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Death of Cory Barron at 2014 Cleveland concert ruled a homicide

Cory Barron died after falling down a garbage chute at Progressive Field during a Jason Aldean concert. His body was found in a Lorain County landfill.

CLEVELAND — More than eight years after Cory Barron fell down a garbage chute at Progressive Field and his body was found at an Oberlin landfill, investigators have updated his manner of death.

A police source confirmed to 3News on Monday that the Lorain County Coroner has now ruled Barron's death as a homicide. On Tuesday, the Lorain County Coroner's Office confirmed the news, issuing the following statement to 3News:

"Since the death of Cory Barron in 2014, additional investigation has been conducted by private investigators and the Cleveland Division of Police. The Lorain County Coroner has been provided with information by the Cleveland Police that Cory Barron was involved in an altercation at Progressive Field prior to his disappearance and death. In light of the additional information, his death was due to the actions or failure to act of another person or persons. The manner of death for Cory Barron has been changed from undetermined to homicide.

"The cause of death for Cory Barron is unchanged and is sequelae of multiple blunt impacts to the head, trunk and extremities due to descent down a trash chute into an enclosed dumpster. The manner is homicide."

On July 18, 2014, the 22-year-old Barron attended a Jason Aldean concert at Progressive Field. Barron, who had been drinking that night, went into a back room during the show and fell down a garbage chute. His body was discovered at the Lorain County Landfill four days later.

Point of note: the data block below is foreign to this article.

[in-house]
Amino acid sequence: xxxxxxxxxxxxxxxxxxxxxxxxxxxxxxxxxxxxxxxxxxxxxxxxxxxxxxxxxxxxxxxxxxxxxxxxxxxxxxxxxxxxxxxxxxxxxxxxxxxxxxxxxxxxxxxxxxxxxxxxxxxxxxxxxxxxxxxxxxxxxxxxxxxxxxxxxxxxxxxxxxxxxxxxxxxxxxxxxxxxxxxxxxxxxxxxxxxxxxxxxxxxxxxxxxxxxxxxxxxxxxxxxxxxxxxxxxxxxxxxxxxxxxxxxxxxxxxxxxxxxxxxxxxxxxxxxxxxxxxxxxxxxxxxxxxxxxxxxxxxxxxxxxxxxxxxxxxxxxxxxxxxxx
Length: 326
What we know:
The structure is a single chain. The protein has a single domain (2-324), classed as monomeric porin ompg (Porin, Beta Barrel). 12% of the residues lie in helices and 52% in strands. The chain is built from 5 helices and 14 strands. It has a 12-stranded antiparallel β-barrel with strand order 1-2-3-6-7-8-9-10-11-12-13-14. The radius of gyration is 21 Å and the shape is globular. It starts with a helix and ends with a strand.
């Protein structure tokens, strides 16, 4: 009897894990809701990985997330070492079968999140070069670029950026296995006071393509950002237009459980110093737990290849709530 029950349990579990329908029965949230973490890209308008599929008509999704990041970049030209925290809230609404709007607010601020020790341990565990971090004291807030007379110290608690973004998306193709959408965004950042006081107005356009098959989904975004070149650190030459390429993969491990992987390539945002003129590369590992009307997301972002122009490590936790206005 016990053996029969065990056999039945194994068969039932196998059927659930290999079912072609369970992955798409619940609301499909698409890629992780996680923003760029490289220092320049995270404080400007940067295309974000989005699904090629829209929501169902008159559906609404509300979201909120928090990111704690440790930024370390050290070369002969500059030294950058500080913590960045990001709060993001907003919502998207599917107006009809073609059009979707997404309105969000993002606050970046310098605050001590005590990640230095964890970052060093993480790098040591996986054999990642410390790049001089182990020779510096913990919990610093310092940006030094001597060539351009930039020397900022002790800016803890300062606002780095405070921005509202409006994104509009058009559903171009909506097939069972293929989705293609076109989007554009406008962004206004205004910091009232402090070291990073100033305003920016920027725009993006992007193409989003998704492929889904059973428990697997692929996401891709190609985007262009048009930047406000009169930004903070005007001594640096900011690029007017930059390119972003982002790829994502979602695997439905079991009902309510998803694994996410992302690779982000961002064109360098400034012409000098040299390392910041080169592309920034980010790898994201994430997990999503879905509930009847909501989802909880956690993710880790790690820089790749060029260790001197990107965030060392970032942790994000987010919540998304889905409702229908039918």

Two months after Barron's death, then-Lorain County Coroner Dr. Steven Evans ruled that there was no foul play involved in the incident. The cause of death was ruled as multiple blunt force impact from the five-story fall down a Progressive Field trash chute, and death was immediate.

Evans added there was nothing to indicate Barron's fall was not accidental. Tests detected the presence of alcohol, but due to the condition of the body, Evans couldn't say how much. He said no other drugs were detected in Barron's system.

"I'm less than happy," Evans said at the time of his report's release. "We'll never know the circumstances of how he wound up in the trash chute. I wish I had that for the family."

Despite the coroner's report, the Barron family has never stopped looking for answers. In 2019, his family hired a detective, established a hotline, and offered $50,000 for information leading to an indictment in their son’s death.

“We believe that somebody hit him in the head, kicked him in the ribs, picked him up and dropped him down that chute,” said Dick Wrenn, the private investigator hired by the Barron family.

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